Wednesday, March 31, 2010

A passel of links

The blogroll on the right column has been out of date for months. A few out-of-date links have now been corrected, and the following links have been added:
  • One composer: Karl Henning blogs at Henningmusick about his music and the compositional process behind it, and posts the occasional concert review.
  • Two critics: John Terauds of the Toronto Star blogs at Sound Mind about musical events in the GTA and beyond. I have often disagreed with Terauds's newspaper reviews, but his blog is one of the best online resources for the classical music scene in my hometown. Tim Mangan writes for the Orange County Register in California, a part of the continent I have never so much as visited, but his commentary on Classical Life is always an enjoyable read.
  • One anti-critic: The Detritus Review is dedicated to raising the standard of classical music journalism by savagely tearing apart bad newspaper reviews. Viewer discretion is advised.
  • One cultural review site: I still don't quite understand the meaning or purpose behind Hilobrow, but I think I'm all right with that. The writers are not concertina brows precisely, but they seem to be natural Concertina Brow allies in the ongoing war against boring middlebrow reductionism.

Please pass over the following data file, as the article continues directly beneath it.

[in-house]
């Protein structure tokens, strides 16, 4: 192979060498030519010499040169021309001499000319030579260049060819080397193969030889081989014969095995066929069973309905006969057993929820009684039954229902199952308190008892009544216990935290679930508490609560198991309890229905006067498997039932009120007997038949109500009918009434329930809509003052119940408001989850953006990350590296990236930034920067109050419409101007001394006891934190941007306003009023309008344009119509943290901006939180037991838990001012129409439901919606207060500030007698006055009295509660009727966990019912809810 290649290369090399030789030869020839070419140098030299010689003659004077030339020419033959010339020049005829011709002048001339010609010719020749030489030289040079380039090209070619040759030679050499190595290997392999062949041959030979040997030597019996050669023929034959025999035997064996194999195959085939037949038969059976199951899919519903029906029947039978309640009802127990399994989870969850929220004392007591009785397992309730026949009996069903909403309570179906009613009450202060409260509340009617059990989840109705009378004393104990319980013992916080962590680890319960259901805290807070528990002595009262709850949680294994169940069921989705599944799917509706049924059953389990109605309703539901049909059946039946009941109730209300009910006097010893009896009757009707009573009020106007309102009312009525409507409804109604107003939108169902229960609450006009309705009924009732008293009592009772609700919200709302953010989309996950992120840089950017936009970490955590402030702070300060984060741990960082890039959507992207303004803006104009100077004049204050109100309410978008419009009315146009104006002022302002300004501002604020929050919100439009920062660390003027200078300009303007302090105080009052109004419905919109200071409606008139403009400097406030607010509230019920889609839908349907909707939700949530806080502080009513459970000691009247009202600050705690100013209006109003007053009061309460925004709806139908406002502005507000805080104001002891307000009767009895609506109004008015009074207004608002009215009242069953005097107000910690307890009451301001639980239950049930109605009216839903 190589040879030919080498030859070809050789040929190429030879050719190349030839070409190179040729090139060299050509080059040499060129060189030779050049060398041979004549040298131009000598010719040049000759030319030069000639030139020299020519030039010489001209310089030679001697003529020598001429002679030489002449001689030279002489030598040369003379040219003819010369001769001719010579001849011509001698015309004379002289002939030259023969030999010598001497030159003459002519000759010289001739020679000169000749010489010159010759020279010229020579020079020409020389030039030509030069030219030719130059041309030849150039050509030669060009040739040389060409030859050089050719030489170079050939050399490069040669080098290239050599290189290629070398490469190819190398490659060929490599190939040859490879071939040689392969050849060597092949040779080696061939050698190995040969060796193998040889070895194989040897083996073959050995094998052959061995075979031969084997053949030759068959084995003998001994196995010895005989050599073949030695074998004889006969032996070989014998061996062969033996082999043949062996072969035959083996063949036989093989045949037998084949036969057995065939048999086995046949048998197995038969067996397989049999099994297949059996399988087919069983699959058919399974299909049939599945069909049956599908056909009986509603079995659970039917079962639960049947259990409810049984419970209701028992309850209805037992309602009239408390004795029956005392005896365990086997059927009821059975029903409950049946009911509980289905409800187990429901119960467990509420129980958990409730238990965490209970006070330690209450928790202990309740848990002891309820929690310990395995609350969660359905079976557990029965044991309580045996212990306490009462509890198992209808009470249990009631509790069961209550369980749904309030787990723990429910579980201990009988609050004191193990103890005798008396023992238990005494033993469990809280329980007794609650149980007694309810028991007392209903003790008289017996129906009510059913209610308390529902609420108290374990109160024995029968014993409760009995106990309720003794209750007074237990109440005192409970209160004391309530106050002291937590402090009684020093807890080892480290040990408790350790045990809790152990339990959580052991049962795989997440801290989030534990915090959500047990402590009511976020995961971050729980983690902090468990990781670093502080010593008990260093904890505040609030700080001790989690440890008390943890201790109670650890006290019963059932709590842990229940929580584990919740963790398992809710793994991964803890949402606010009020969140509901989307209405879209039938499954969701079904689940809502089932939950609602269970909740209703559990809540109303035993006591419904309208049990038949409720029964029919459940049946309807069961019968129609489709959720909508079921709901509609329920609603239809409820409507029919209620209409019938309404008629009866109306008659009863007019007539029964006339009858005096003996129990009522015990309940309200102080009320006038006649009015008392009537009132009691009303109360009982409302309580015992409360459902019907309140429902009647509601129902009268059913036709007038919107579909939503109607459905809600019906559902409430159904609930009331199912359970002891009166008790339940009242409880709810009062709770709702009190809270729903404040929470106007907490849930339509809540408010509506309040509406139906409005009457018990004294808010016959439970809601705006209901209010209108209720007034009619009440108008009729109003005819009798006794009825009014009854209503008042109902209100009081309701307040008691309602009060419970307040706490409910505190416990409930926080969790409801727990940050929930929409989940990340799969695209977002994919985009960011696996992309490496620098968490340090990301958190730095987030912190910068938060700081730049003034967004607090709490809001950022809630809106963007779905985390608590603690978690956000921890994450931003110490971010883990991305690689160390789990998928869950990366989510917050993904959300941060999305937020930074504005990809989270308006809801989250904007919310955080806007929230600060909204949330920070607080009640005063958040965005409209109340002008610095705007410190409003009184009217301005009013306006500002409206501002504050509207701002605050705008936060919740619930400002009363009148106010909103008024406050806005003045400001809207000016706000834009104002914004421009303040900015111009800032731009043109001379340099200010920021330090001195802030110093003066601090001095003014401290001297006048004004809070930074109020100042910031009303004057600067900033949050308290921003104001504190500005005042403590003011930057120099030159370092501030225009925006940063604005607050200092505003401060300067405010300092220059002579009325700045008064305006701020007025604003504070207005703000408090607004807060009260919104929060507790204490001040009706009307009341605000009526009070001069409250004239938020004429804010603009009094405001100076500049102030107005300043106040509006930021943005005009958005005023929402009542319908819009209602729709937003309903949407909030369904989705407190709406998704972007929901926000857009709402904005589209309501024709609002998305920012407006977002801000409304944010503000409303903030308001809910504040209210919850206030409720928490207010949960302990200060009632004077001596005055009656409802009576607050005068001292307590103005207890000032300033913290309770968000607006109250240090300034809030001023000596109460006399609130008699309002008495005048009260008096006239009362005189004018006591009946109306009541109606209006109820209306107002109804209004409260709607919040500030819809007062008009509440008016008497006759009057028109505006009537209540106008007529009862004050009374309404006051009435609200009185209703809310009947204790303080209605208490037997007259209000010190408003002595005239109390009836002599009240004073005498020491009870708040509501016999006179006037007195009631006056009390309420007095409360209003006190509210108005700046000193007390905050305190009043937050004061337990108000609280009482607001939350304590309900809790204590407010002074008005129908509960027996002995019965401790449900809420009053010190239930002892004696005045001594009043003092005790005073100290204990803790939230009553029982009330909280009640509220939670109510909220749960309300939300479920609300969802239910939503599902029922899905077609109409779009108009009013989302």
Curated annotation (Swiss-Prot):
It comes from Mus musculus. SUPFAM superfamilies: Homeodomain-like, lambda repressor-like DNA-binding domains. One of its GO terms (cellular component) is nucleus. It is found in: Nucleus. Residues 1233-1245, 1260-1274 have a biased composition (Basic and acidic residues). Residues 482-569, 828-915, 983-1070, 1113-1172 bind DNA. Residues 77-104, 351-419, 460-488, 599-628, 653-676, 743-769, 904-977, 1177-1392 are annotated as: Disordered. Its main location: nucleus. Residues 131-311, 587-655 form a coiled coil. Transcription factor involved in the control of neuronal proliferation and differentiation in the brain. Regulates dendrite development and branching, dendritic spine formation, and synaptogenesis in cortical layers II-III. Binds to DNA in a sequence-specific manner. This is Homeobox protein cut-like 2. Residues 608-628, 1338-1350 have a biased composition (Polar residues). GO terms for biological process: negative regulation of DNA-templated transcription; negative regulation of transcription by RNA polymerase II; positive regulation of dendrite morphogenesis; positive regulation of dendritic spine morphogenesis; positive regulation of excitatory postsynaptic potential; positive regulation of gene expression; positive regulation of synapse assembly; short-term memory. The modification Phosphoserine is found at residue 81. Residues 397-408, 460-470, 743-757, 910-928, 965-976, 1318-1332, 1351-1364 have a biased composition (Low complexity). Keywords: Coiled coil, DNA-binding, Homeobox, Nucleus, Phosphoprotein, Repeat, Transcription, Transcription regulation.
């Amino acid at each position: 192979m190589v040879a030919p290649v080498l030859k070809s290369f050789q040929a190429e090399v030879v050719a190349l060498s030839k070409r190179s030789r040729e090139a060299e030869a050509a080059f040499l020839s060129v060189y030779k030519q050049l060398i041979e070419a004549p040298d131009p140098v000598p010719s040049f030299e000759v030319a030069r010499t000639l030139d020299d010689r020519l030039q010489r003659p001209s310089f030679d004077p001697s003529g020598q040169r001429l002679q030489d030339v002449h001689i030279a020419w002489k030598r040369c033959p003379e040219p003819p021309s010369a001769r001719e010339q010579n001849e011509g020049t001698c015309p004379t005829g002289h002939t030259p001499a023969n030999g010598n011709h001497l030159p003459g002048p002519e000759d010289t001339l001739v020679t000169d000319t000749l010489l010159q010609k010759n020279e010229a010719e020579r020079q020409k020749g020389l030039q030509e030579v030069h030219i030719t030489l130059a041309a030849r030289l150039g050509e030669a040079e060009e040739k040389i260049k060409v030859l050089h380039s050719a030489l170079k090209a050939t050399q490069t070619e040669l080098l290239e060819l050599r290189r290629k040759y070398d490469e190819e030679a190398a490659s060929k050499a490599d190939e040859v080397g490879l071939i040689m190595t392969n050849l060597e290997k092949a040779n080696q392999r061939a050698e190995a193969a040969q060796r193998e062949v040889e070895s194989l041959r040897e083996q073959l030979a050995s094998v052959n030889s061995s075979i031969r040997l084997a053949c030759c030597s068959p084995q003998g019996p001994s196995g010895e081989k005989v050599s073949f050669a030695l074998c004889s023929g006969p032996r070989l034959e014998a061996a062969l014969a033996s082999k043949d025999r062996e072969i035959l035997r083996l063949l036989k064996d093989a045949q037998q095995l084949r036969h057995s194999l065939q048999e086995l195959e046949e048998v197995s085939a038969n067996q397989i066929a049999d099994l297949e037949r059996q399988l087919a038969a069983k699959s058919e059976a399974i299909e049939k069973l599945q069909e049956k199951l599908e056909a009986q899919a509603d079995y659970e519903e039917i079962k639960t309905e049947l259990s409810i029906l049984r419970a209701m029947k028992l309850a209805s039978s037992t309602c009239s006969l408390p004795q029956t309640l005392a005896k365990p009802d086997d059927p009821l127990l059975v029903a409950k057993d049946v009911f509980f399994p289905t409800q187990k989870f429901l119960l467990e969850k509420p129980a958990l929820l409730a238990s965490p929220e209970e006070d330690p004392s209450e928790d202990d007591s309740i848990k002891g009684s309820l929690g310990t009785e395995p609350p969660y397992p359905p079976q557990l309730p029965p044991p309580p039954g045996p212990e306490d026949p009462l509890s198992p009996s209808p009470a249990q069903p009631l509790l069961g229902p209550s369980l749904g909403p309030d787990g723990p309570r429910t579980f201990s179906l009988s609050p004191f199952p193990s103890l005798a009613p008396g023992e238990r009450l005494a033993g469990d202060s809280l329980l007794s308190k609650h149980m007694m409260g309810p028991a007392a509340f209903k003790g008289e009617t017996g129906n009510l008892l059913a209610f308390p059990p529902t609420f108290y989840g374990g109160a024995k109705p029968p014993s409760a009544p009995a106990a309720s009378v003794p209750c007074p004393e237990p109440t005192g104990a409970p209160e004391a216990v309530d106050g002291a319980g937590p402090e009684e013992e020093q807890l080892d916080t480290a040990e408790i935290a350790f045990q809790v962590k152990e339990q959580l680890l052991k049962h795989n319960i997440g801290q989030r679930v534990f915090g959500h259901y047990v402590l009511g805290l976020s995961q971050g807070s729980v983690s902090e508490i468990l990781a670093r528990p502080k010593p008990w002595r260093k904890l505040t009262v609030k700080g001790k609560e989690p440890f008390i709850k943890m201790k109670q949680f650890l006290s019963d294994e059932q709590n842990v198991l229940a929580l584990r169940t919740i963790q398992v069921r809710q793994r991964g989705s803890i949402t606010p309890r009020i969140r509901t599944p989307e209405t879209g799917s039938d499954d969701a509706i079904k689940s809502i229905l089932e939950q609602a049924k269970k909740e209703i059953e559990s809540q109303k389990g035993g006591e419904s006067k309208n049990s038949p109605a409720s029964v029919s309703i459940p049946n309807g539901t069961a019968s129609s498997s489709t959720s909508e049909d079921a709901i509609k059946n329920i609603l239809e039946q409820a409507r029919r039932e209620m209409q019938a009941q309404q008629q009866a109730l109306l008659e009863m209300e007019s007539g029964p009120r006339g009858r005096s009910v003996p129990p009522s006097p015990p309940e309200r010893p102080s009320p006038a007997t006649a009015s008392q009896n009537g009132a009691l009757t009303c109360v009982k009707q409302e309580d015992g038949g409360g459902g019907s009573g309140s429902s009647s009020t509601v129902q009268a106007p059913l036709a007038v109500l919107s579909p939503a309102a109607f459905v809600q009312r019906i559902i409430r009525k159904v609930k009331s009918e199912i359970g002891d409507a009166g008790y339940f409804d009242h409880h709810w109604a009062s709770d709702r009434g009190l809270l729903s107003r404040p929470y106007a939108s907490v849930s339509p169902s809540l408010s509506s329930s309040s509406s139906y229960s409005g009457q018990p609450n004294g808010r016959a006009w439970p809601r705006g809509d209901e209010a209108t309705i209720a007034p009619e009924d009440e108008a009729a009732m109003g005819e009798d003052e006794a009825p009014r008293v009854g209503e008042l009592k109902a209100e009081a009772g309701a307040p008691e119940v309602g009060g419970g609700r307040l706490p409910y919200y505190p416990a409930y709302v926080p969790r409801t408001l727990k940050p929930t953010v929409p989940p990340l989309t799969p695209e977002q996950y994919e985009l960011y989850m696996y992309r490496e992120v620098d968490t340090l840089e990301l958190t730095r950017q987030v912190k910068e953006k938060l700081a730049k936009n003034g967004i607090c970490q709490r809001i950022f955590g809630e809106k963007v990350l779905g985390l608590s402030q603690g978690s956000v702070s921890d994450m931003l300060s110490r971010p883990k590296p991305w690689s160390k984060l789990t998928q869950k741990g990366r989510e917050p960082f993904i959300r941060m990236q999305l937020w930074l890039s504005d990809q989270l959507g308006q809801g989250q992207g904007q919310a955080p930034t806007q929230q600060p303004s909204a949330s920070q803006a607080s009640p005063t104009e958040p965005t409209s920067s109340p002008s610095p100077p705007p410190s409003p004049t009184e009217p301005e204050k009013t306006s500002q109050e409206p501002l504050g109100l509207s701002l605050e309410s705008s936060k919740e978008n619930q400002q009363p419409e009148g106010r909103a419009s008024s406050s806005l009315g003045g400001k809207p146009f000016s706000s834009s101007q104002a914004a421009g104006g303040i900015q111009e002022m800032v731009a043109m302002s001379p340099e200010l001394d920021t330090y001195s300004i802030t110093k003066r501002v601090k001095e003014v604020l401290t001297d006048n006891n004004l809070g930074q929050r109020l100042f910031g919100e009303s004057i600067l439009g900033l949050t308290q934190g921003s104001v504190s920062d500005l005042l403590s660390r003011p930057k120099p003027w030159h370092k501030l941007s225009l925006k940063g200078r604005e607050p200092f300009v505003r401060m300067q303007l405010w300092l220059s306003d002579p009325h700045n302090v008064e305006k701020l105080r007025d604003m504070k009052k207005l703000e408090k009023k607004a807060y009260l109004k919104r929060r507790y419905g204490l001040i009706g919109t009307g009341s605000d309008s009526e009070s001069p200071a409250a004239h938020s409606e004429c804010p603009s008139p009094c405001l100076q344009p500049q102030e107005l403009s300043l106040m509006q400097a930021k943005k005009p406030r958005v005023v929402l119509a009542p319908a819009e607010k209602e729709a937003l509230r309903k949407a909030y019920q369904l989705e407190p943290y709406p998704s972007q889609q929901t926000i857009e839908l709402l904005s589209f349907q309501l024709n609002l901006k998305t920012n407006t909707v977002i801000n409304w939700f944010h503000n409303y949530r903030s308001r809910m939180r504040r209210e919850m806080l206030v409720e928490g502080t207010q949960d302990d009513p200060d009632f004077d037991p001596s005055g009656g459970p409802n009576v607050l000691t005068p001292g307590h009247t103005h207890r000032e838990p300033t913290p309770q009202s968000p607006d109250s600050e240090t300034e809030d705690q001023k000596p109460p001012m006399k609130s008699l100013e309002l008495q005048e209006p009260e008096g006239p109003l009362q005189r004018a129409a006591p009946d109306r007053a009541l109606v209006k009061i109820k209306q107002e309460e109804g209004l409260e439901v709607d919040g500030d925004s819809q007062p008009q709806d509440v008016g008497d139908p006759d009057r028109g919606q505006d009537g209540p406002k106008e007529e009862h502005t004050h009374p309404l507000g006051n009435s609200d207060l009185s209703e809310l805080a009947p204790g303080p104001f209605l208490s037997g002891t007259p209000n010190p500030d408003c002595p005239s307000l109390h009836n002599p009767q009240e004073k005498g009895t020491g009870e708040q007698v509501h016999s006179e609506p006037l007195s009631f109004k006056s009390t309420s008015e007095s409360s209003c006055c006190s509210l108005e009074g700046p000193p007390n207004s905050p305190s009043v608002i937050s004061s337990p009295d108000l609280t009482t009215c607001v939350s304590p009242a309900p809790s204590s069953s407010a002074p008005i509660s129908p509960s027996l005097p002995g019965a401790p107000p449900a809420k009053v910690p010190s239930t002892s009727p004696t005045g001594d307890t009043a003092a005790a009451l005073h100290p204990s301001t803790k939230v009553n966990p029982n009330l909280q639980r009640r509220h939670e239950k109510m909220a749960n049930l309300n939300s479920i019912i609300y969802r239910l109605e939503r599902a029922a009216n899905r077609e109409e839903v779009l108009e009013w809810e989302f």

• One political philosopher: Turnabout is maintained by polymath lawyer James Kalb, who comments on political issues from the perspective of traditionalist conservatism. Most political blogs are nasty and polemical and thus ultimately tedious and futile; Turnabout is consistently sober and well-reasoned, and is therefore provocative in the best sense.
  • Finally, All Manner of Thing, which as its name suggests is difficult to fit into any particular category. Craig Burrell comments insightfully on books, music, and ecclesial matters, and occasionally shares such recipes as "Charcoal Chicken Soup Base."

Finally, my article on editorial revisions in hymn texts has now gone to press; it appears in this month's Anglican Planet. I'm delighted to be associated with TAP, a fine publication whose contents I've often enjoyed in the past.

1 comment:

Danielle said...